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rich emollient used in the management of eczema, psoriasis and other dry skin conditions.

3Oct

For anyone who’s been reading this blog frequently you’ll notice I like putting in references to pop songs or books I’ve been enjoying. Yesterday evening I was on my commute home listening to Florence and the Machine’s latest album (no scoffing please, music snobs) and the song lyric “no light, no light, you can’t choose what stays and what fades away” took on new meaning for me.

Yesterday morning was my appointment with the dermatologist. The registrar was very nice as were the two young male medical students who sat looking a bit embarrassed that they were about to see a patient under 60 in their underwear. If you’re ever asked to allow med students to observe and you aren’t too uncomfortable with it do let them, our future doctors need to learn by looking at real humans not just textbooks.

So there we all were, observing the red splodges on my skin discussing if I burned easily in the sun and the moisturisers I use. The registrar turned to the students: “the patient has type 1 skin”. Oh, I thought, that’s sounds good, being number 1 is usually good.

“You’re plaques aren’t thick at all, your skin’s very smooth”. This is true, I am luckily not someone with the very thick plaques and my skin is improving. So it transpires that with “type 1 skin” and “smooth” splodges I am just below the severity level to qualify for UVB light treatment. The increased level of risk of skin cancer is too much because my skin is so pale (thanks Celtic heritage) and I’ve already had 2 courses of UVB light treatment 10 years ago. Instead the doctor prescribed me oodles of potions and lotions and sent me on my way.

Walking back from the hospital through the rain I felt quite upset. I had decided I needed light treatment. I’d made that decision in the middle of my flare up. It had worked before so that’s what I needed. Two and a half months later I knew my skin was improving and kept the appointment to “be in the system”. The waiting list for light treatment (phototherapy) is 6 months. That’s a long time to wait. My skin, thankfully, reacts faster than the NHS has resources.

I work in health policy, I know the pressure the NHS is under. But I’m also a patient with a lifetime of knowledge of my long term condition. I felt I knew what I needed. But, and this I think is important, I’m not a dermatologist. When I was in the middle of my flare up, which lasted at least two months, I was very distressed. I felt unattractive and out of control. But, my psoriasis is not as severe as it sadly is for others and I am very grateful for that. I have to accept that for all of my expertise as a patient, I’m not a doctor.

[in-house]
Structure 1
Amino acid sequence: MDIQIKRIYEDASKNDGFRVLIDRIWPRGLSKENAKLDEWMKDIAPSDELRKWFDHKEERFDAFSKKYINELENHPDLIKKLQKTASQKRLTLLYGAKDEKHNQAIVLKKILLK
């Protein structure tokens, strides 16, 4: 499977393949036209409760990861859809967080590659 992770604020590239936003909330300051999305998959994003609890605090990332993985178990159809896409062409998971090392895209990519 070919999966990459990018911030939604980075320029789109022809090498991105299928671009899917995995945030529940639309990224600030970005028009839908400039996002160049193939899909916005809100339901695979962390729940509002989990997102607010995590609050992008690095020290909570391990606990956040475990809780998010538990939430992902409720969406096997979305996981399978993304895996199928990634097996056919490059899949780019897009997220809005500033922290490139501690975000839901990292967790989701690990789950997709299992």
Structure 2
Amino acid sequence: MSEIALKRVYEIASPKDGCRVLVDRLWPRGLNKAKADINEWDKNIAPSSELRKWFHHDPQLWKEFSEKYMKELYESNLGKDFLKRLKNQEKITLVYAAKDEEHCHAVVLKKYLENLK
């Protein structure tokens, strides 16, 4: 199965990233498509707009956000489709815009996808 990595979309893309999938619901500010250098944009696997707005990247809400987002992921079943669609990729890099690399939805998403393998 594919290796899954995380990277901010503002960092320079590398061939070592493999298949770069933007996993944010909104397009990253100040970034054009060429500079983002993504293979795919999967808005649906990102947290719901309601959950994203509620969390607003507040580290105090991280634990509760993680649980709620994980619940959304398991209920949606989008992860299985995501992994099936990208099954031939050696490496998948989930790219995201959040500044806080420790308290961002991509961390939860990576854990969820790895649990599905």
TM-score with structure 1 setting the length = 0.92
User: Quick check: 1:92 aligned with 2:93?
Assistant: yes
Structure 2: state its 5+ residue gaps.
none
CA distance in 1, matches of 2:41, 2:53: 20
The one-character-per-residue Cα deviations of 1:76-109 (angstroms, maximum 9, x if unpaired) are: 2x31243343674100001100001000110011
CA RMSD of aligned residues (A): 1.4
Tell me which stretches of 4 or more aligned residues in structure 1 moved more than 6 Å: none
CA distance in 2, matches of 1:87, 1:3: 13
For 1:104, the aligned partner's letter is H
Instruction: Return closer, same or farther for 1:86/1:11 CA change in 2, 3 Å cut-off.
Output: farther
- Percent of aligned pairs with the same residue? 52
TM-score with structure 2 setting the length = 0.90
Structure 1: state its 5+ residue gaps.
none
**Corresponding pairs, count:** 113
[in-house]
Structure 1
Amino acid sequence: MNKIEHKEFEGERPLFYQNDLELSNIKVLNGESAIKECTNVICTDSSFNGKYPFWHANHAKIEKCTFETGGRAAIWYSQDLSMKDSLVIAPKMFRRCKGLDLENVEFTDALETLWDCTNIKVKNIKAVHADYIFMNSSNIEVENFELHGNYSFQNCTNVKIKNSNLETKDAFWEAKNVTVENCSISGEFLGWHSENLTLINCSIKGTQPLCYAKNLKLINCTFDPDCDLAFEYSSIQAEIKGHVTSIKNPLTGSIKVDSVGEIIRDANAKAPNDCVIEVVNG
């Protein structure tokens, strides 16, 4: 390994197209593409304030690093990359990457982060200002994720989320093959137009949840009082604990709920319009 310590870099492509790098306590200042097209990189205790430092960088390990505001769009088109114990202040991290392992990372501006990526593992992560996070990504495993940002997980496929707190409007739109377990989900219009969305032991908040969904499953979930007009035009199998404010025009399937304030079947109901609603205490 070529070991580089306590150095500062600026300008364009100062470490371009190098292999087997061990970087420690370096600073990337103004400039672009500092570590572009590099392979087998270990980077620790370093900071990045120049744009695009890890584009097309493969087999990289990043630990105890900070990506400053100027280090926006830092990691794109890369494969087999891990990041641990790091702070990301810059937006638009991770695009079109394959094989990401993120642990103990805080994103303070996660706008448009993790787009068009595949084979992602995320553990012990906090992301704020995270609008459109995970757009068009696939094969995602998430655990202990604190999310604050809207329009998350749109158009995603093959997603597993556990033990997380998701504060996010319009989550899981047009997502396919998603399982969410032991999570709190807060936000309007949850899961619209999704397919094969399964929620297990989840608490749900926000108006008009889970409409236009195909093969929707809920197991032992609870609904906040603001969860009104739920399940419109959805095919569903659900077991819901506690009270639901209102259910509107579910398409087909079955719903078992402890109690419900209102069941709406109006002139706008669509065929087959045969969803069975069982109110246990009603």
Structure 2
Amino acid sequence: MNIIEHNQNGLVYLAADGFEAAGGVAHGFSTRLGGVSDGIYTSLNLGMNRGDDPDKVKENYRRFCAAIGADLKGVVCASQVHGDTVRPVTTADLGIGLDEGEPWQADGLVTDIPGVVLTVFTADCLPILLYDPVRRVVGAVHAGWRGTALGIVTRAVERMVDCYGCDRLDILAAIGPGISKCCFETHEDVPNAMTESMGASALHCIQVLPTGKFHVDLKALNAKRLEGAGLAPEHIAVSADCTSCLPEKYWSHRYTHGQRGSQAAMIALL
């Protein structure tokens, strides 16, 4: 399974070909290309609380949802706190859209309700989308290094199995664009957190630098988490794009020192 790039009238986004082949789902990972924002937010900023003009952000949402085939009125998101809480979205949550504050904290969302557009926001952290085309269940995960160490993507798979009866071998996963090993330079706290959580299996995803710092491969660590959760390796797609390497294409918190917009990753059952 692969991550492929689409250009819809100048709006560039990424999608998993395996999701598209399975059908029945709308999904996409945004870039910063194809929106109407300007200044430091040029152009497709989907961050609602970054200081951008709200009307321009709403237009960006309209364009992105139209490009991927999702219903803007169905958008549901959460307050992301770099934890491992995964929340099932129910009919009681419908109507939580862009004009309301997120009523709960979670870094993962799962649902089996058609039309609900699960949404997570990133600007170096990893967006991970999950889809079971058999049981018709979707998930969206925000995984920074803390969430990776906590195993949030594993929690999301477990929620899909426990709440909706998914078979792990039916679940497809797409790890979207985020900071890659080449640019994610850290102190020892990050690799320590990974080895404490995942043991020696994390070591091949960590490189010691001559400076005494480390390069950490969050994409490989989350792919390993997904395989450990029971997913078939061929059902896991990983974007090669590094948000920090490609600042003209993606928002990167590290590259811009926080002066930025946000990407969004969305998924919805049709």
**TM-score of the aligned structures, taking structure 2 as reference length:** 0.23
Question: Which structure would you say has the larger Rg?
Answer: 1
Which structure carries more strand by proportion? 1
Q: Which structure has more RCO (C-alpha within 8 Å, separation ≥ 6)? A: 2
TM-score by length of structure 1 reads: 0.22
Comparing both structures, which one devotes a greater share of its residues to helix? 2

Its so hard sometimes to accept that we don’t always know what’s best for us. Yes, UVB light treatment would make my psoriasis fade now, but the next time I’m stressed it will come back. I shouldn’t put my skin under long term risk for a short term gain and nor should I take up valuable and scarce NHS resources when its not deemed medically necessary.

My last post was about not being informed well enough by a doctor to make an informed decision as a patient. This is about accepting that the doctor, the person with the training, is informed enough to be able to tell me what is best for me and my skin in the longer term. So you see, I can’t choose which bits of my psoriasis will stay or fade away, but I can choose to take informed advice that no light is better for now.

  

One Response to No Light, No Light

  1. Linda Cox

    I read your article in the Nov/Dec issue of Healthy Magazine about your skin condition and perhaps Forever Living products could assist. It is a company who market a range of health, nutrition, and skin care products. All Forever products are all based on stabilised Aloe Vera gel which is known for its antiseptic and anti inflammatory properties.
    Happy to provide more information if you might be interested in this alternative approach.
    Linda Cox

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